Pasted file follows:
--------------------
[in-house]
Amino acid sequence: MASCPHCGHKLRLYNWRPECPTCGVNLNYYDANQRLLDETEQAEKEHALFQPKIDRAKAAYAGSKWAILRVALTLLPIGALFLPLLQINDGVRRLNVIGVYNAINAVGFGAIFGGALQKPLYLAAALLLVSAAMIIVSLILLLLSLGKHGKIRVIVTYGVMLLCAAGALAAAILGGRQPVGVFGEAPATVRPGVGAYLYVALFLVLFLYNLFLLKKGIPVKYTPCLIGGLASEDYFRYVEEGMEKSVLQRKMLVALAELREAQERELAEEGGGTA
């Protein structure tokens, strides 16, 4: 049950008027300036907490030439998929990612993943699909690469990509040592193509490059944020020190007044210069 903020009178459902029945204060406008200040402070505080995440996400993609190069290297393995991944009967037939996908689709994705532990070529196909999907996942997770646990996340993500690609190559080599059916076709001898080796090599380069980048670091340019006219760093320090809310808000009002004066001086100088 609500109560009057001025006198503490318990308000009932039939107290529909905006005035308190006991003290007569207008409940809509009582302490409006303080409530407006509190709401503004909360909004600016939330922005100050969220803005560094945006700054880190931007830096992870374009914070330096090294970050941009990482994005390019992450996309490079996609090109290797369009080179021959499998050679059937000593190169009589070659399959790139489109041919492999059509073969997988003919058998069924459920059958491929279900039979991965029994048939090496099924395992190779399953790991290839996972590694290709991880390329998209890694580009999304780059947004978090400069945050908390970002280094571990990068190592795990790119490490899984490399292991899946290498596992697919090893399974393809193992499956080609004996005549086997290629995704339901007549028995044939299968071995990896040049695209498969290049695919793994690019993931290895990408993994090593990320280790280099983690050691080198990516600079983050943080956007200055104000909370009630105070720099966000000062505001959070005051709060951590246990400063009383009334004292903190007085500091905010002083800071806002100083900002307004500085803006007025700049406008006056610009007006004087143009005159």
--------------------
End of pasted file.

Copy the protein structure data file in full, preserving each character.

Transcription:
[in-house]
Amino acid sequence: MASCPHCGHKLRLYNWRPECPTCGVNLNYYDANQRLLDETEQAEKEHALFQPKIDRAKAAYAGSKWAILRVALTLLPIGALFLPLLQINDGVRRLNVIGVYNAINAVGFGAIFGGALQKPLYLAAALLLVSAAMIIVSLILLLLSLGKHGKIRVIVTYGVMLLCAAGALAAAILGGRQPVGVFGEAPATVRPGVGAYLYVALFLVLFLYNLFLLKKGIPVKYTPCLIGGLASEDYFRYVEEGMEKSVLQRKMLVALAELREAQERELAEEGGGTA
């Protein structure tokens, strides 16, 4: 049950008027300036907490030439998929990612993943699909690469990509040592193509490059944020020190007044210069 903020009178459902029945204060406008200040402070505080995440996400993609190069290297393995991944009967037939996908689709994705532990070529196909999907996942997770646990996340993500690609190559080599059916076709001898080796090599380069980048670091340019006219760093320090809310808000009002004066001086100088 609500109560009057001025006198503490318990308000009932039939107290529909905006005035308190006991003290007569207008409940809509009582302490409006303080409530407006509190709401503004909360909004600016939330922005100050969220803005560094945006700054880190931007830096992870374009914070330096090294970050941009990482994005390019992450996309490079996609090109290797369009080179021959499998050679059937000593190169009589070659399959790139489109041919492999059509073969997988003919058998069924459920059958491929279900039979991965029994048939090496099924395992190779399953790991290839996972590694290709991880390329998209890694580009999304780059947004978090400069945050908390970002280094571990990068190592795990790119490490899984490399292991899946290498596992697919090893399974393809193992499956080609004996005549086997290629995704339901007549028995044939299968071995990896040049695209498969290049695919793994690019993931290895990408993994090593990320280790280099983690050691080198990516600079983050943080956007200055104000909370009630105070720099966000000062505001959070005051709060951590246990400063009383009334004292903190007085500091905010002083800071806002100083900002307004500085803006007025700049406008006056610009007006004087143009005159």